New School Hip Hop

The new school of hip hop marks the second major period in the development of the genre. By the time of the movement’s inception, around 1983, hip hop was already highly popular. However, with the release of the two tracks It’s Like That and Sucker MCs, Run-D.M.C. developed a rawer sound consisting of a more aggressive rap style and a stripped-down backing track, mainly produced by a drum machine. In 1984, they released their eponymous debut LP which is considered a hallmark of hip hop. Two years later Run-D.M.C. followed up with Raising Hell, a highly successful record that was equally influential, containing the Aerosmith crossover, Walk This Way. Integral to the production of Raising Hell were Rick Rubin and Russell Simmons, both of whom were co-owners of Def Jam Recordings. This label proved very important and released music by LL Cool J and the Beastie Boys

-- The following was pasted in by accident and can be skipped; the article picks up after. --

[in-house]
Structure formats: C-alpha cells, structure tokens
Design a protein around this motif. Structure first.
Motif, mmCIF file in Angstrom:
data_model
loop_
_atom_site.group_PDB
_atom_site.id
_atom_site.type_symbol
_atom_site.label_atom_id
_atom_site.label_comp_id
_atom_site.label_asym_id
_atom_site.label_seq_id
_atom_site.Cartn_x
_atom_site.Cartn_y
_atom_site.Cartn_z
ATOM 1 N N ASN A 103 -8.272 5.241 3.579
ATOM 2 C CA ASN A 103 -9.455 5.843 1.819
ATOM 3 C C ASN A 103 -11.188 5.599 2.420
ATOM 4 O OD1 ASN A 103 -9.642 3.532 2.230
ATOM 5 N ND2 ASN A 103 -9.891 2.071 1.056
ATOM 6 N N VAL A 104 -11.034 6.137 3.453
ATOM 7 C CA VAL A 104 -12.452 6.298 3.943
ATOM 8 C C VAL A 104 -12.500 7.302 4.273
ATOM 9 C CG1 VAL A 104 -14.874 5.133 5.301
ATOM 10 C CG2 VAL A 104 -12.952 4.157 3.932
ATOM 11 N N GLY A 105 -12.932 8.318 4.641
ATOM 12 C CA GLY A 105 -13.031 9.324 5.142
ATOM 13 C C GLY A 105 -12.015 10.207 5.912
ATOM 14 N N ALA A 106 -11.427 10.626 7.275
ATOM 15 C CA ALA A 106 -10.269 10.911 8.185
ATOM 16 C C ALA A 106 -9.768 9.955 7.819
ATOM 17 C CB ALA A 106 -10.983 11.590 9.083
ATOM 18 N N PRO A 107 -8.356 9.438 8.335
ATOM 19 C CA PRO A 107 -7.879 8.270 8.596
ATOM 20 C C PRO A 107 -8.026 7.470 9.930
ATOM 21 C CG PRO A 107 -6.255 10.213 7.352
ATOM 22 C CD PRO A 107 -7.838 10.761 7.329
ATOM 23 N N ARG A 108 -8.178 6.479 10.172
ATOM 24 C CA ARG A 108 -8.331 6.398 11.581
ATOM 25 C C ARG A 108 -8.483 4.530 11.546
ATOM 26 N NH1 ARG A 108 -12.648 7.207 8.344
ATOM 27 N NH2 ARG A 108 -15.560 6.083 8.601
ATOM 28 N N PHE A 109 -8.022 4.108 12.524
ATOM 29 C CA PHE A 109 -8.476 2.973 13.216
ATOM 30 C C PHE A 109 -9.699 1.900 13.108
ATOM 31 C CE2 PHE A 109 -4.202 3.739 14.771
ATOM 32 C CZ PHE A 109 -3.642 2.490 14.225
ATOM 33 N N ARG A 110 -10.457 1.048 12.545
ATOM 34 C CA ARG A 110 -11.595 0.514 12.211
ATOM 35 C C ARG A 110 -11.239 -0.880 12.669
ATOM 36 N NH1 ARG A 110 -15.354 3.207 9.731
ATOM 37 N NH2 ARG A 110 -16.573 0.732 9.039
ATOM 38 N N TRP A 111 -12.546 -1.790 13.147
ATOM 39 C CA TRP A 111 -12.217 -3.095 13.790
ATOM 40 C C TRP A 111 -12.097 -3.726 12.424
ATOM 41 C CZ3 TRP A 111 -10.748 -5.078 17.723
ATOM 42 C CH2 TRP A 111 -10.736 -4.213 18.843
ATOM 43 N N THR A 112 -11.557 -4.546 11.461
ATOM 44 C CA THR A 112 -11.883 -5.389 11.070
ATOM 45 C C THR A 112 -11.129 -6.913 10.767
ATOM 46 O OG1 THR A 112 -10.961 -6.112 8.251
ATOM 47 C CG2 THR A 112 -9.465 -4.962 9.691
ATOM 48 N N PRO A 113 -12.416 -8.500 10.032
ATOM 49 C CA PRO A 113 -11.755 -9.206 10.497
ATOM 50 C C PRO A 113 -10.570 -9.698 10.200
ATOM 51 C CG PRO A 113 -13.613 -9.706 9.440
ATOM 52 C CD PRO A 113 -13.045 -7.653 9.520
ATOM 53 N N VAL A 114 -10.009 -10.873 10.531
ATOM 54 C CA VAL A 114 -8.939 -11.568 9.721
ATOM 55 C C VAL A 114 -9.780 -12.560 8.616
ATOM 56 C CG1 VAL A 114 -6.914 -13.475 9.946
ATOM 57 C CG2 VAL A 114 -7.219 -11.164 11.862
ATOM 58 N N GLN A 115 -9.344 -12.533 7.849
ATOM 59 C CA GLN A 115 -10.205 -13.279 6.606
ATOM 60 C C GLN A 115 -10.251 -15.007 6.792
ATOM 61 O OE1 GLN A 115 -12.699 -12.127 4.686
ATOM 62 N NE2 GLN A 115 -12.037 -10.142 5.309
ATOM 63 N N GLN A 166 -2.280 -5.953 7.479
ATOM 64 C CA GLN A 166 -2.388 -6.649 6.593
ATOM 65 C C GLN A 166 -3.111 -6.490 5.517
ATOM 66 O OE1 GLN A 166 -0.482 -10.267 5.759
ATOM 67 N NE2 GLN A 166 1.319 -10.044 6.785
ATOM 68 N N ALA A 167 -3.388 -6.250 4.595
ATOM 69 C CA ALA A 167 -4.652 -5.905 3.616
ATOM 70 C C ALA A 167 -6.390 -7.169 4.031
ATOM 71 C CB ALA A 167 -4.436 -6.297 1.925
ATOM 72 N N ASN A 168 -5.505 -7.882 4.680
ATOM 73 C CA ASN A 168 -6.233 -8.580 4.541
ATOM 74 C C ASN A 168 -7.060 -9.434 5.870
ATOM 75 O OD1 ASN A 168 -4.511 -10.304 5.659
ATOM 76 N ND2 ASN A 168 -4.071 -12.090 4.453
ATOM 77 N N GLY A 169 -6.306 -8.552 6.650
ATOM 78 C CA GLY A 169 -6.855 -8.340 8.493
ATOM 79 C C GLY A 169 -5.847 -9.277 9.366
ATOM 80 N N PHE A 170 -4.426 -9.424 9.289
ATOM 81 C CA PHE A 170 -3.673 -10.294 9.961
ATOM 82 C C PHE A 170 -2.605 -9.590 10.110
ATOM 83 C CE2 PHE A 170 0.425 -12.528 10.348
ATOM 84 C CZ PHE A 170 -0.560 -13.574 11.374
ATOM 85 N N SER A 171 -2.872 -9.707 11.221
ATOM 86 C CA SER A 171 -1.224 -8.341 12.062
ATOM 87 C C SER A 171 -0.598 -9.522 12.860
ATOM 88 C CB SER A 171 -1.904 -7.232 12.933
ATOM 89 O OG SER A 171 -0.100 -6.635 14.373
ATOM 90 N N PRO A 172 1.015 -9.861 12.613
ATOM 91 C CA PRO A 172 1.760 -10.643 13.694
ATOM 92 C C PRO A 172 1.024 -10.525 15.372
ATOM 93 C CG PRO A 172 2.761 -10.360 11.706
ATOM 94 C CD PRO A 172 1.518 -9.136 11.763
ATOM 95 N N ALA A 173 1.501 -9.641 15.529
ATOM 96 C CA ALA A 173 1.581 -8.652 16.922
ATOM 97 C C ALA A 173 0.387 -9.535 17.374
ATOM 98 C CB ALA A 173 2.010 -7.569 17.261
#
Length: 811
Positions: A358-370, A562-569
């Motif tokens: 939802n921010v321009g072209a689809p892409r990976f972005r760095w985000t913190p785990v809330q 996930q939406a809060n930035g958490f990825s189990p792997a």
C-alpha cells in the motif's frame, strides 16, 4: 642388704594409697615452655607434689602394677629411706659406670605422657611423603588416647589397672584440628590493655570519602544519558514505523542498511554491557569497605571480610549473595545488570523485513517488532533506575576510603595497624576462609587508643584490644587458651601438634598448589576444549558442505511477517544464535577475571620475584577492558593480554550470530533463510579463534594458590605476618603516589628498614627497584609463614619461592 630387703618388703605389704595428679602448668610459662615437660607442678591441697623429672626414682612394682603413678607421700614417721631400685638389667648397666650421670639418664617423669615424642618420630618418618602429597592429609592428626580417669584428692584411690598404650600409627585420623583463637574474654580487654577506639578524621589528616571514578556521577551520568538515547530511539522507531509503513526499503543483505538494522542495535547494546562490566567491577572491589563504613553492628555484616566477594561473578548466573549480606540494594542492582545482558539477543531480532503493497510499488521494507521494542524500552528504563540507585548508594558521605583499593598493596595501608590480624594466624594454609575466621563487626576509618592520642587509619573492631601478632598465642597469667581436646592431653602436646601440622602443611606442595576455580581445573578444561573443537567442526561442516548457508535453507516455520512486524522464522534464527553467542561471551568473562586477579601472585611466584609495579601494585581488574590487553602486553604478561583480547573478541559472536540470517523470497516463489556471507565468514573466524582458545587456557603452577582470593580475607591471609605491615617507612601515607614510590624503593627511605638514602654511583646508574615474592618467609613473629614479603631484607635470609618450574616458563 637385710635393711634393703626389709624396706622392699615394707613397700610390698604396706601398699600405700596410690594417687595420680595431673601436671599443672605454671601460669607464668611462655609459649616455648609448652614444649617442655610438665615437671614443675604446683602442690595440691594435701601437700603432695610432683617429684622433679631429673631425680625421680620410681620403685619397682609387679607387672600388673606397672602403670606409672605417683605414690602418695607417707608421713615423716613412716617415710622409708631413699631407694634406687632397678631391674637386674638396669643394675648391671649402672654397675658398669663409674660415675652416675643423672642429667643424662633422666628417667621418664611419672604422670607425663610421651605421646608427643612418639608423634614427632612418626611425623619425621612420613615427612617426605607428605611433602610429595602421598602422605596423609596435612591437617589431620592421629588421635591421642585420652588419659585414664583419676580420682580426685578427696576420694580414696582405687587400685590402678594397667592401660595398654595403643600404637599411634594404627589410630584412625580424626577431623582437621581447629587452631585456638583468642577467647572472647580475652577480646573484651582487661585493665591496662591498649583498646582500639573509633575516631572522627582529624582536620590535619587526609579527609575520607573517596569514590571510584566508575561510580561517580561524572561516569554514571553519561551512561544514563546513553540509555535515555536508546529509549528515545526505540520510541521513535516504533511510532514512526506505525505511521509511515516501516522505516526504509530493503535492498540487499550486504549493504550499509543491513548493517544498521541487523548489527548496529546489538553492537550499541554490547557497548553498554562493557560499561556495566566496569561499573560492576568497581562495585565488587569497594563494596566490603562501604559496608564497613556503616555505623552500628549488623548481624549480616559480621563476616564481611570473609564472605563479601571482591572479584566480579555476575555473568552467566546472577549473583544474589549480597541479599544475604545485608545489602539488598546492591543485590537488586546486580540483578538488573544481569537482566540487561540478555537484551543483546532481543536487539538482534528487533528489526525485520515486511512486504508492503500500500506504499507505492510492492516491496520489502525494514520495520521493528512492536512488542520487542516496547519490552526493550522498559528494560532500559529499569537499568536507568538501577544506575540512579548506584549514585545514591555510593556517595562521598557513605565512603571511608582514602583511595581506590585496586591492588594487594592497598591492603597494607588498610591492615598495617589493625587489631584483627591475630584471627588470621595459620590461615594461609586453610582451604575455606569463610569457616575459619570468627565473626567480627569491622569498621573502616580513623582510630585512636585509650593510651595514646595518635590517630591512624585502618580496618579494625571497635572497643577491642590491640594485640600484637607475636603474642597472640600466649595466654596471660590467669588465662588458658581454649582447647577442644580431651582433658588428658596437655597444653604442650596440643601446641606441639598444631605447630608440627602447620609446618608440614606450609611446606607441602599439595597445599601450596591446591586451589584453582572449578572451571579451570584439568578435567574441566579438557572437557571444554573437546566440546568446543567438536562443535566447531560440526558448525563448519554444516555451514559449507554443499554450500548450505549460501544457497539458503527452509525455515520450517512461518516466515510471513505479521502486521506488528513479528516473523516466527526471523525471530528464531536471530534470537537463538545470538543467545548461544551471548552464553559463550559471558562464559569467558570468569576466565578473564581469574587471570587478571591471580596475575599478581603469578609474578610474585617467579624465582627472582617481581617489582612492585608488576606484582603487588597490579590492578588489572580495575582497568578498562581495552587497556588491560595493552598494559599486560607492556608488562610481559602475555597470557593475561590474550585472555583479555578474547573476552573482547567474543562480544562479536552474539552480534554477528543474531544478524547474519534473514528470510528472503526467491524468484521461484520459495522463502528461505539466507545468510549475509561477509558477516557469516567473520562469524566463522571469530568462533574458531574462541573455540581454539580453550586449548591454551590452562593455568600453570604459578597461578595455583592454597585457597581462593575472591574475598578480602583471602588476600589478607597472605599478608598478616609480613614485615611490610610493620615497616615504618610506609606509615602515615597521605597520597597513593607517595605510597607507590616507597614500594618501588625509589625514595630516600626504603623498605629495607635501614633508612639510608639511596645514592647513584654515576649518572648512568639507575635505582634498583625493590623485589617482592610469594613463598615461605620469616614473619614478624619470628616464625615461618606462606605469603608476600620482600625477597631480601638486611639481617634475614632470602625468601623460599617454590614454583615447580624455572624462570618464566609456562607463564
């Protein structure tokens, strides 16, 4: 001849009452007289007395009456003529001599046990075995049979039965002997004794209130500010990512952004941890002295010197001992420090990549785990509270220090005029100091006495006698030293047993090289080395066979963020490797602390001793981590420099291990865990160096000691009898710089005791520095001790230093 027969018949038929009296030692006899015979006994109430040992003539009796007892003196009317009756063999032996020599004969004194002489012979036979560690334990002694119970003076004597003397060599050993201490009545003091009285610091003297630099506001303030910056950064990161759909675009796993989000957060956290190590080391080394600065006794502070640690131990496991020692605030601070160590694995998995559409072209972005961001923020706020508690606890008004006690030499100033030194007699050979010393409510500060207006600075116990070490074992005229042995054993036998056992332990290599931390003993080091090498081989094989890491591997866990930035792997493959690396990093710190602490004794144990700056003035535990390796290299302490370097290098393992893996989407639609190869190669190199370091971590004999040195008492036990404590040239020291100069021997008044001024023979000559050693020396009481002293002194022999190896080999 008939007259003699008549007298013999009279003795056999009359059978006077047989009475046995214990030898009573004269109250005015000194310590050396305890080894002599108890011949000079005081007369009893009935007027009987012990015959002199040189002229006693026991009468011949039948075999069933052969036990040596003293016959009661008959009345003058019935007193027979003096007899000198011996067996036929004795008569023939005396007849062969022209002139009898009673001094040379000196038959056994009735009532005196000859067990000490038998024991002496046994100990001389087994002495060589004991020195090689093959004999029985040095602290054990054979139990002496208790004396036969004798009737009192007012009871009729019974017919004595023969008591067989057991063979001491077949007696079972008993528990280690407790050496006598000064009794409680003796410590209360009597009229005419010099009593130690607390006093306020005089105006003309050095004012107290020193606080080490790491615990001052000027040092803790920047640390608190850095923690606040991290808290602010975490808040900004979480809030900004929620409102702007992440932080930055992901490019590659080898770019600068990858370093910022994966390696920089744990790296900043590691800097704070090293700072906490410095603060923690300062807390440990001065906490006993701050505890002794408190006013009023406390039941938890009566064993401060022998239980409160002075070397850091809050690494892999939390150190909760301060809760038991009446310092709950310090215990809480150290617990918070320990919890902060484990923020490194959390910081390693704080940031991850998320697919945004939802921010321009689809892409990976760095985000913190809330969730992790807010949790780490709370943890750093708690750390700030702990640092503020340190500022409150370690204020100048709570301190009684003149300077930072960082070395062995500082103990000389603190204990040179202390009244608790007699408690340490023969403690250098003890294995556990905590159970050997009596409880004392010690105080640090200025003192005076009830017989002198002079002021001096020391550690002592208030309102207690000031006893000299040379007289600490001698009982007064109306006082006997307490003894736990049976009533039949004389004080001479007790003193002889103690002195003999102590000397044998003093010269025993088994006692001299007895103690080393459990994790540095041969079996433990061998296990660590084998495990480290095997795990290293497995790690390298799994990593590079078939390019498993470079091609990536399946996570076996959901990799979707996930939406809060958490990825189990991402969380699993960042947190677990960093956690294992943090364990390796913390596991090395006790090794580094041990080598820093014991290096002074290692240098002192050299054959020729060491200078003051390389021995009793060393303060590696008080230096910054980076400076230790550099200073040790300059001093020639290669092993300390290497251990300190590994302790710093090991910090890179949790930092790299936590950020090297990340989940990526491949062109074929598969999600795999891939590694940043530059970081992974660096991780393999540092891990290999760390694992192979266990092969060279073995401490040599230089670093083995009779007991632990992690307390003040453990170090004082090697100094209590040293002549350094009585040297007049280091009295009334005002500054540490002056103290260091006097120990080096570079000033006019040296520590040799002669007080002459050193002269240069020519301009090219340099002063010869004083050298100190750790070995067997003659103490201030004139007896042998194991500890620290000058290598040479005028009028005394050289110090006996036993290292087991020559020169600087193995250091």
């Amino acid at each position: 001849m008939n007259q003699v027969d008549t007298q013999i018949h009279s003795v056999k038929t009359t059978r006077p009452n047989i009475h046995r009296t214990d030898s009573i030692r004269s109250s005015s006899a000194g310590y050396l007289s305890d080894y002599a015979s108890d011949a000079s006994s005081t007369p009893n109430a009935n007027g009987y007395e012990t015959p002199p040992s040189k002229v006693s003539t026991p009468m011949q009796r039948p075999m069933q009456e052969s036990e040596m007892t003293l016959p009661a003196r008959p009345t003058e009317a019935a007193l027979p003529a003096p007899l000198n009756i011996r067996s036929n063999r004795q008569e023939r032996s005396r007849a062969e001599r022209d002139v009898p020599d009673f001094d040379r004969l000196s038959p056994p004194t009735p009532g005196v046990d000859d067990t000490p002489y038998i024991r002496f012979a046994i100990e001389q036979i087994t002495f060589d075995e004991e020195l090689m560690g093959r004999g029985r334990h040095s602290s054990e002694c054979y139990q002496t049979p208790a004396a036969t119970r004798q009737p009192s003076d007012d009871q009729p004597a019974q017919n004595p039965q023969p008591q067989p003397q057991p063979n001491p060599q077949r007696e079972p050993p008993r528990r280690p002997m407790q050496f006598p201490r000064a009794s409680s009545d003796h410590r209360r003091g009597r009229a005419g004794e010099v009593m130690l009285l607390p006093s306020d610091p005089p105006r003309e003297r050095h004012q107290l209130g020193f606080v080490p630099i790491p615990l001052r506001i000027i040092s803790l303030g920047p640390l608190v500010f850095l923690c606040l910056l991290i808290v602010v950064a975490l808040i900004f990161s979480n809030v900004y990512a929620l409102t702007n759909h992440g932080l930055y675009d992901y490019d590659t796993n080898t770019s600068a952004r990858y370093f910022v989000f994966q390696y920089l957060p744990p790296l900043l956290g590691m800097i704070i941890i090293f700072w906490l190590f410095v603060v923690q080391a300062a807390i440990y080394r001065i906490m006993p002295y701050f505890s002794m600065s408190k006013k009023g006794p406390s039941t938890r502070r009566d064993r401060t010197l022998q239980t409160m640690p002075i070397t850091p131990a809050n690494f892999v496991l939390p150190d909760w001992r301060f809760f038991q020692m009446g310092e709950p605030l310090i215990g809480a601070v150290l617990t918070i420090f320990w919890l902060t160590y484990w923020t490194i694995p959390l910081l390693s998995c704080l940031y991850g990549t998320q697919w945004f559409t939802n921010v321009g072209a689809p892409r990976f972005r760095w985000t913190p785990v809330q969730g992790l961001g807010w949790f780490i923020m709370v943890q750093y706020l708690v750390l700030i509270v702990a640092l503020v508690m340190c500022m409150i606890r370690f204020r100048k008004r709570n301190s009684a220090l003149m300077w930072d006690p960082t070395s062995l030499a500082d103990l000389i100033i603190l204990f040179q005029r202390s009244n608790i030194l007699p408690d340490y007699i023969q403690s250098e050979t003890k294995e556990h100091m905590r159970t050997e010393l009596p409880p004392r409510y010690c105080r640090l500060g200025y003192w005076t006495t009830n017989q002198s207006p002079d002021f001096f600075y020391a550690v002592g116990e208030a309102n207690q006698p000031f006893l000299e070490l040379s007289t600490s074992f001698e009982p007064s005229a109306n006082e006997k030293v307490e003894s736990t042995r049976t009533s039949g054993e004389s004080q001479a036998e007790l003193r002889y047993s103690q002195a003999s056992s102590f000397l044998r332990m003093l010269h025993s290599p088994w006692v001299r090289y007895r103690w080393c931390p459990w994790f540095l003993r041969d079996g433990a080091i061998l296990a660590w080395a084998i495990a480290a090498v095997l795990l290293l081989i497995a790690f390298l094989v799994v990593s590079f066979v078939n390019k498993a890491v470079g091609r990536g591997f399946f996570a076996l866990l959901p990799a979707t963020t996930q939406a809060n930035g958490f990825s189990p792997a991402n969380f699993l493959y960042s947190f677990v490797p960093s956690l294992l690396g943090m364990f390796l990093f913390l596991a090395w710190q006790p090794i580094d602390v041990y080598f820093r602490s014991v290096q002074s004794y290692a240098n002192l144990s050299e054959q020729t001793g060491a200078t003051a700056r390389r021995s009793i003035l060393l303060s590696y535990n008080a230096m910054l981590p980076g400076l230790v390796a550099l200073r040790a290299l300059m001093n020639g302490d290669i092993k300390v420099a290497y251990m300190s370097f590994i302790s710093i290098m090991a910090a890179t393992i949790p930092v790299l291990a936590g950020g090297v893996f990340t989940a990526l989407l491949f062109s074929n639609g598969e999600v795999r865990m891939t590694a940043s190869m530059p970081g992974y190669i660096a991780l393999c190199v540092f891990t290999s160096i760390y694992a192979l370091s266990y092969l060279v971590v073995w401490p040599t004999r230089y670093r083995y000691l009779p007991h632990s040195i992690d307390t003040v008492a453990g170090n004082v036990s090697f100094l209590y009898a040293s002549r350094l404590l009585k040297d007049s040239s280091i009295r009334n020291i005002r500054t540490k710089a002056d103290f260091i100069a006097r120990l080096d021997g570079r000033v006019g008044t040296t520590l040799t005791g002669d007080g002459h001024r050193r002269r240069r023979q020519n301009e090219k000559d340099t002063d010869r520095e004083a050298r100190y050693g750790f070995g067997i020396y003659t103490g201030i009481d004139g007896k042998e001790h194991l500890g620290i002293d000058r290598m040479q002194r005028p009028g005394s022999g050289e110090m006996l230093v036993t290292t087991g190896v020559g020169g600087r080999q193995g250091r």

1984-6 saw the release of LL Cool J’s I Can’t Live Without My Radio and the Beastie Boys debut record, Licensed to III which was the first rap LP to top the Billboard album chart. Hip hop’s success was now undeniable, and the genre was cemented in the mainstream, no longer overlooked by major record labels. New school hip hop adopted a more stripped-down, minimalist sound prioritising drum machine beats, occasionally incorporating elements of rock music. The songs were also typically shorter and more radio friendly. The rapping style is more aggressive and covers socio-political themes rather than the more light-hearted style of old school hip hop. 

Notable artists:


Beastie Boys

LL Cool J

MC Shan

Marley Marl

Public Enemy

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